Lone Star state puts limits on water use in hydrofracking in response to drought
Facing one of the worst droughts in its history, many local communities in Texas are setting limits on how much water can be used for natural gas hydrofracking.
Bloomberg Businessweek reports:
Local water districts, which have authority to allocate water from subterranean aquifers, are adding a water-intensive production method called hydraulic fracturing, or fracking, to some of the pumping restrictions they’re imposing on farmers and small towns.
The city of Grand Prairie in the Barnett Shale in North Texas in August became the first municipality to ban the use of city water for fracking. Water officials for the Ogallala Aquifer in part of the Permian Basin included fracking when they approved the district’s first-ever restrictions on water use in July.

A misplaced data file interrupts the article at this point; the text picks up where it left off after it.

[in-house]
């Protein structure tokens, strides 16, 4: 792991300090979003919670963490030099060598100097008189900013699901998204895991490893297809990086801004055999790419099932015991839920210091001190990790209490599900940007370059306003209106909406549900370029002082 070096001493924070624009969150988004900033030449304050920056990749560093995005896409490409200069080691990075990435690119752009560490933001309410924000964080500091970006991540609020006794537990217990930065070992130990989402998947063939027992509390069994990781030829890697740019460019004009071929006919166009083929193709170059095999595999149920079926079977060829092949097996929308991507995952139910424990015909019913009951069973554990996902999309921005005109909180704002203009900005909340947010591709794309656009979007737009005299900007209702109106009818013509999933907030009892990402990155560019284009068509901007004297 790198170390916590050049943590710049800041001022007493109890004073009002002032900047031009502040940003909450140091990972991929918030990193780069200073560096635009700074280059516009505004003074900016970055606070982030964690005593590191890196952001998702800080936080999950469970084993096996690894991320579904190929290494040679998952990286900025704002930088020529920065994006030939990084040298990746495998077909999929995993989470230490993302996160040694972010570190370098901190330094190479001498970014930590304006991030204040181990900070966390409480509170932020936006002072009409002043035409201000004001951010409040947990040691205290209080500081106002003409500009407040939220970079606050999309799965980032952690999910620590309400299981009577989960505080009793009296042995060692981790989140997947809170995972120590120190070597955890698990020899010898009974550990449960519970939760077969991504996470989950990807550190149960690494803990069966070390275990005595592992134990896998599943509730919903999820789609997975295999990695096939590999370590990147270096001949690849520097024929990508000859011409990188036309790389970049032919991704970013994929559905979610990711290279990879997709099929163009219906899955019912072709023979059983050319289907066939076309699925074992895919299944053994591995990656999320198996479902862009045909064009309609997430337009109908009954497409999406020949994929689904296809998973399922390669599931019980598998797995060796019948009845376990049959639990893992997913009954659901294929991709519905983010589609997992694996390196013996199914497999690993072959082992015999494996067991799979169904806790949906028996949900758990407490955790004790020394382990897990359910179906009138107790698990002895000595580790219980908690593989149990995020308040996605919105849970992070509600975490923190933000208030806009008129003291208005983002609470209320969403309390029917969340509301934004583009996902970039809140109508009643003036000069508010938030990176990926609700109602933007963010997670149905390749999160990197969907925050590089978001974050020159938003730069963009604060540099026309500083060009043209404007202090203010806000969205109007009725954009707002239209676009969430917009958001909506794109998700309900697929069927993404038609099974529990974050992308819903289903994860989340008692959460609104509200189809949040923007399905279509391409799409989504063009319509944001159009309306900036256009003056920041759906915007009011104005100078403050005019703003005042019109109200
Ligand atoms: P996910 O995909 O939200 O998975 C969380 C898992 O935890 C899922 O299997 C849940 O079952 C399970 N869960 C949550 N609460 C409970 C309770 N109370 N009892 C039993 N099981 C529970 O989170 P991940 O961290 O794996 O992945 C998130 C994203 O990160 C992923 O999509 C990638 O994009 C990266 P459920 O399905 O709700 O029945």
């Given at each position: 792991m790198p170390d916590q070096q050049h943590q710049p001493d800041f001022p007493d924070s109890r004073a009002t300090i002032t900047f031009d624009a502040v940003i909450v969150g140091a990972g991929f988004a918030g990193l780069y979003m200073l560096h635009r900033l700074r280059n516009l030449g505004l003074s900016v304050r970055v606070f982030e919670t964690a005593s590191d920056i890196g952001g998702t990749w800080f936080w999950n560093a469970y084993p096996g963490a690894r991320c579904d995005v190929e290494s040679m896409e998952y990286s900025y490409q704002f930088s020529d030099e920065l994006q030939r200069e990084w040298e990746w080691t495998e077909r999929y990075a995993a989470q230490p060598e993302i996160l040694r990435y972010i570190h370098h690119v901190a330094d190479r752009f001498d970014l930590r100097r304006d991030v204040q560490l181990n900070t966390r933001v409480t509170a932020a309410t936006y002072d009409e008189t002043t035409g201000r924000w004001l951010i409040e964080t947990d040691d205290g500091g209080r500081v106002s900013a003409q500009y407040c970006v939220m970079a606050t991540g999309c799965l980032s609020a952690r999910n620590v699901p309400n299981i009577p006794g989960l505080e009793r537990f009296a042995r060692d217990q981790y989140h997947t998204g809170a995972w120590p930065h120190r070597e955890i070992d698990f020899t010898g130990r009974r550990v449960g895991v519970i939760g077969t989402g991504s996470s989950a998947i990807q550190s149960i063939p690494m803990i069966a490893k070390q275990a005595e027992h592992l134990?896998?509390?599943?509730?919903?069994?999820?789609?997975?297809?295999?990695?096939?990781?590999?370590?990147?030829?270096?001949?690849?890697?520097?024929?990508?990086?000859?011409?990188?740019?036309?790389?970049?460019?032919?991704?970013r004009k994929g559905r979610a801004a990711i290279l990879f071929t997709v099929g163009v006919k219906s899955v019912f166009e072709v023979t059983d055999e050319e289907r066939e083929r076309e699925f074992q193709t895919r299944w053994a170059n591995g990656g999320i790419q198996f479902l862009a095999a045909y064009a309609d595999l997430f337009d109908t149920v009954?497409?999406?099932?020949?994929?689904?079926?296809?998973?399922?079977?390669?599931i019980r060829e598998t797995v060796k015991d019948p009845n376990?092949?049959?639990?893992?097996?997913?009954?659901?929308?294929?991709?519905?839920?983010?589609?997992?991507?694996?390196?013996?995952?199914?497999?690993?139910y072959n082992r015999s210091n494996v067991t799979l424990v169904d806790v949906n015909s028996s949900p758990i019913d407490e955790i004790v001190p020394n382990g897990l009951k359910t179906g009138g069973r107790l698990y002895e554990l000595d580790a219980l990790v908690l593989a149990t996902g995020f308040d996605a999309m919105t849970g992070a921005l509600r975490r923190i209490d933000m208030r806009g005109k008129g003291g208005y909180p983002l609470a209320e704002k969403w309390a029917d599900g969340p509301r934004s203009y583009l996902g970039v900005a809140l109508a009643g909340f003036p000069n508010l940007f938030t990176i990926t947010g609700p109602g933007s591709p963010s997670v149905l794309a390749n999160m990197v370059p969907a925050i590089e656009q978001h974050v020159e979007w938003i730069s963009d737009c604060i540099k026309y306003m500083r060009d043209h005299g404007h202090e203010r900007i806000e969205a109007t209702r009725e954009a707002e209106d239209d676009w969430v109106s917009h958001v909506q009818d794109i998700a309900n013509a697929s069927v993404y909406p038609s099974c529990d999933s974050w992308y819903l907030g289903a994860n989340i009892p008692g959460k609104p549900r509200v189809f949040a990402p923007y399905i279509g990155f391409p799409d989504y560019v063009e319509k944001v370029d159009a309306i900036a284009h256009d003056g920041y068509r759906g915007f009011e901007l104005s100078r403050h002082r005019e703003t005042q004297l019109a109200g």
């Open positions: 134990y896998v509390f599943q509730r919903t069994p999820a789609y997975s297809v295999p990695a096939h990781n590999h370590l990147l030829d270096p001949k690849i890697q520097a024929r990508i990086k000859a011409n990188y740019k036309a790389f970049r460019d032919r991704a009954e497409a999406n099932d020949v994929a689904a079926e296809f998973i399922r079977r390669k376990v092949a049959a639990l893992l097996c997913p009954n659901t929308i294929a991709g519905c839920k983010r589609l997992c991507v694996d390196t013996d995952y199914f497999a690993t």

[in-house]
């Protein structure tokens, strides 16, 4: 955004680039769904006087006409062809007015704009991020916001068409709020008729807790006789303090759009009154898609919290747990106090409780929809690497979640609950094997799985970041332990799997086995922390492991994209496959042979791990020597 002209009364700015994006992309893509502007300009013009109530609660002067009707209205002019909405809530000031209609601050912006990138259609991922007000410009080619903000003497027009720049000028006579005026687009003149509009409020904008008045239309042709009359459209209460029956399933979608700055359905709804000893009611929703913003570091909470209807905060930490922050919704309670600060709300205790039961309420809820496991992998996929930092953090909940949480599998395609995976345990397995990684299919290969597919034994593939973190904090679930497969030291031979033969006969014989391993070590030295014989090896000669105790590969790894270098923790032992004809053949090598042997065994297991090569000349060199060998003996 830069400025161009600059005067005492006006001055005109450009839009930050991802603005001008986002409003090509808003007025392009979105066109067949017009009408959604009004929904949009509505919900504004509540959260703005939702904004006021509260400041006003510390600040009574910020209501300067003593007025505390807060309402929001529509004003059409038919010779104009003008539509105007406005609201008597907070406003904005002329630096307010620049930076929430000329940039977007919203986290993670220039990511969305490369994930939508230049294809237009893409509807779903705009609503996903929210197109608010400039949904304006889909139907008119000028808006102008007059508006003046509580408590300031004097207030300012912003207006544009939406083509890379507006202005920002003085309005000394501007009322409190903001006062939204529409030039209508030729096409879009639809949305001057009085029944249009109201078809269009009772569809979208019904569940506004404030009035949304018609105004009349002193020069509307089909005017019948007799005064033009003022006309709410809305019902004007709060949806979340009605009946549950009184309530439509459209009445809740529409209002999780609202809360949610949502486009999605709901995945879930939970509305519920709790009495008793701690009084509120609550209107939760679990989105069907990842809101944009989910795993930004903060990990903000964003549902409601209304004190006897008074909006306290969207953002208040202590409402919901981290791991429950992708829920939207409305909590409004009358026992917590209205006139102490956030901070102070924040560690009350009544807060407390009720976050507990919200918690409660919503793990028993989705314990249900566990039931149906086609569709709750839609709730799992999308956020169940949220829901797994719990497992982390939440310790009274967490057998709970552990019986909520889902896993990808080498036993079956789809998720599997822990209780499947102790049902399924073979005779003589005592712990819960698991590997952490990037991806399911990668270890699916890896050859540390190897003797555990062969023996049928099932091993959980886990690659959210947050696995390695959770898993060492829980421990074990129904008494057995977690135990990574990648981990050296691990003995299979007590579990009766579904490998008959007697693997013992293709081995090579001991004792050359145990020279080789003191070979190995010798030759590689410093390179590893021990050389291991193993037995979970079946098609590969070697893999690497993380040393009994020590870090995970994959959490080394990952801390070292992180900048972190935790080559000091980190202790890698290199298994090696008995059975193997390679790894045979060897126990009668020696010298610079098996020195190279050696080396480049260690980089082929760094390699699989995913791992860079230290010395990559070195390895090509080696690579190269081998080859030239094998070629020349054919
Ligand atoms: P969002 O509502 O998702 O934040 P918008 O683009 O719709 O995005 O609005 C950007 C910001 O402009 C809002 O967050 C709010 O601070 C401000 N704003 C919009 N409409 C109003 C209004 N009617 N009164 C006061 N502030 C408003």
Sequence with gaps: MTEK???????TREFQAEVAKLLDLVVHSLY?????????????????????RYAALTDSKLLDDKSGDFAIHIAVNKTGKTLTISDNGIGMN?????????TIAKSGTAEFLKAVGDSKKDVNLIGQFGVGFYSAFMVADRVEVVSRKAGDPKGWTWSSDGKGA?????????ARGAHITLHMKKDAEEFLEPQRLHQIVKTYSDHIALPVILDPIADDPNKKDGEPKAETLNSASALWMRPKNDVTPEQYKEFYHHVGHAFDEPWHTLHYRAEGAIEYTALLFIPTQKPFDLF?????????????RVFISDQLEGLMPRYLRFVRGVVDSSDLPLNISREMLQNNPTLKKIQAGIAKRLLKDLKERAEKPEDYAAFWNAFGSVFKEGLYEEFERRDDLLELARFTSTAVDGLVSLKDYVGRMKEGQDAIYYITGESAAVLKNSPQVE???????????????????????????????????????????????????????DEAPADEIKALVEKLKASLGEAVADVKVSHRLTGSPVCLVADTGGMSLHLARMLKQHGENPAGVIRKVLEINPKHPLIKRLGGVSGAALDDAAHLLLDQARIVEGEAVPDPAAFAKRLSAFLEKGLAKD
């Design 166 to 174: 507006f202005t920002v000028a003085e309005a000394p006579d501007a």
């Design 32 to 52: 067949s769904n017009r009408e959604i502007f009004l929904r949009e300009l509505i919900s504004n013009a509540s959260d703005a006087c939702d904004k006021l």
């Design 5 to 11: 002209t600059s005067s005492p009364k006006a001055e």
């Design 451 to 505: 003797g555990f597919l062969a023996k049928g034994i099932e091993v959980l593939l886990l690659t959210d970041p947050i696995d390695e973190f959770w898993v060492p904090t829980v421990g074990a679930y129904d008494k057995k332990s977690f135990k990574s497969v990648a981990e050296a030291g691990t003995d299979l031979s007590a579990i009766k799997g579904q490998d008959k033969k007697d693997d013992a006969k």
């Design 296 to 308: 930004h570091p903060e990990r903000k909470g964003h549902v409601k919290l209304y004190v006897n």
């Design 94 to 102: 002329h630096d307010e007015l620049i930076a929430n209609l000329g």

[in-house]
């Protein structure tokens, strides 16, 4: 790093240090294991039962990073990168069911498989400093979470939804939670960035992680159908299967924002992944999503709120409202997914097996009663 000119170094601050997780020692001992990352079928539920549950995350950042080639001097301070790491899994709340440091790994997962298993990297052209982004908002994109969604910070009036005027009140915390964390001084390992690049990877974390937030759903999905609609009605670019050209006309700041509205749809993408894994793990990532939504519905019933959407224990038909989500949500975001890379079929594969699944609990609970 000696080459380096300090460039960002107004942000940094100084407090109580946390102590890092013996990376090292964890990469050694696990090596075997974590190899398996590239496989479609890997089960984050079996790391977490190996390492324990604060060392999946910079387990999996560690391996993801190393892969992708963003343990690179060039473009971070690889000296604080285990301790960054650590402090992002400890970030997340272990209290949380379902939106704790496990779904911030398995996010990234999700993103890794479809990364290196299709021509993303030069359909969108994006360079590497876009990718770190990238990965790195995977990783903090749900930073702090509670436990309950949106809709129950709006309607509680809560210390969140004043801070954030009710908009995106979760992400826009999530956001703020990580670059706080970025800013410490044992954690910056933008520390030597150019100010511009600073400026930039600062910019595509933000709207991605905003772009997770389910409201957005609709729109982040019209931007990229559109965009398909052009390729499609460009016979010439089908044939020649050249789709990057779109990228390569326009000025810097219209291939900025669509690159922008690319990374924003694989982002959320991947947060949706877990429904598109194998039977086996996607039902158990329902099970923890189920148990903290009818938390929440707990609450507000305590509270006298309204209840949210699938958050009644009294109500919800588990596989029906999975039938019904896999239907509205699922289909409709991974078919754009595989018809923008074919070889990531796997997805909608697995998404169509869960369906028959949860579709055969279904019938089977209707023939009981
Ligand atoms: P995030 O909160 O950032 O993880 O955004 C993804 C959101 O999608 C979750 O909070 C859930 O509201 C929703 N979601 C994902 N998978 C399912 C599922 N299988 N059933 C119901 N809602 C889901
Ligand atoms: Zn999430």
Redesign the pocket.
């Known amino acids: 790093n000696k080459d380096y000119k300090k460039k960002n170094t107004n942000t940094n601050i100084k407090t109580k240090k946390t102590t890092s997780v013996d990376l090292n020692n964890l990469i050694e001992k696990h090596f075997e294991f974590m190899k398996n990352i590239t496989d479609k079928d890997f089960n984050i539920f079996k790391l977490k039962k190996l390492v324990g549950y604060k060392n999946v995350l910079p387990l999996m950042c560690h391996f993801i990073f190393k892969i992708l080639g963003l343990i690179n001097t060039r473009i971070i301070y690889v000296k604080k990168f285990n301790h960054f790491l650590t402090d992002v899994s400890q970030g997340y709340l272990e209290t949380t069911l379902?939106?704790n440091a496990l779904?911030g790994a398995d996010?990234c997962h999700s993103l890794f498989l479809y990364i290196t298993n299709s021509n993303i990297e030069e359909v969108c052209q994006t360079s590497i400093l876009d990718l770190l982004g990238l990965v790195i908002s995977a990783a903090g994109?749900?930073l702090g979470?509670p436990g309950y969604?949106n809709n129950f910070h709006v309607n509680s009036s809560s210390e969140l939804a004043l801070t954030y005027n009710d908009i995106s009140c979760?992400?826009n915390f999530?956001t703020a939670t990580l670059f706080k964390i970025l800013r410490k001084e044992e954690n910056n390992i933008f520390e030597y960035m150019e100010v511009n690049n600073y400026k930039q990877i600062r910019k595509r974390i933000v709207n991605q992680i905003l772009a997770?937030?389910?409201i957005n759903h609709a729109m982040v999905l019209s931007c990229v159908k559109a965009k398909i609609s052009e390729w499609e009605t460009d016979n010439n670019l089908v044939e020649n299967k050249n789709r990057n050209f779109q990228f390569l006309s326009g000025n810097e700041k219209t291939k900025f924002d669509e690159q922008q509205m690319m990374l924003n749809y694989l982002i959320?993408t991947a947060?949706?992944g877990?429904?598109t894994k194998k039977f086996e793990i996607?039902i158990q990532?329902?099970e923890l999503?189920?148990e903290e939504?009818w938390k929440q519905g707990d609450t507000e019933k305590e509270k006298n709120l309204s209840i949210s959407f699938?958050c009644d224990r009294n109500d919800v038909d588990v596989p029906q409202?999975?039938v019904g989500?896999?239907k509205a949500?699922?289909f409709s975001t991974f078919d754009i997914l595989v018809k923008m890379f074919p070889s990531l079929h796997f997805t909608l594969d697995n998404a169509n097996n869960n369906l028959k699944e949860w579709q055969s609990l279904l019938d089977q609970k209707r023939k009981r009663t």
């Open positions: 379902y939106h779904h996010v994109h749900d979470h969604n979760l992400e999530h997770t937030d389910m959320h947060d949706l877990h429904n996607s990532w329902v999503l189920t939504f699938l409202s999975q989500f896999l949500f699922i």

Even before the drought, water was a sensitive issue for gas producers, who now use fracking to develop about 85 percent of the wells drilled in Texas, according to state regulators.
“The rumblings have definitely started in the last six months,” said Chris Faulkner, chief executive officer of Breitling Oil and Gas Corp., a closely held producer in Irving, Texas. “It used to be, ‘Are you going to contaminate my water;’ now the concern is, ‘You’re going to use up all my water.’”
A single fracking well typically uses millions of gallons of water, much of which is so highly contaminated that it must be disposed of in deep injection wells.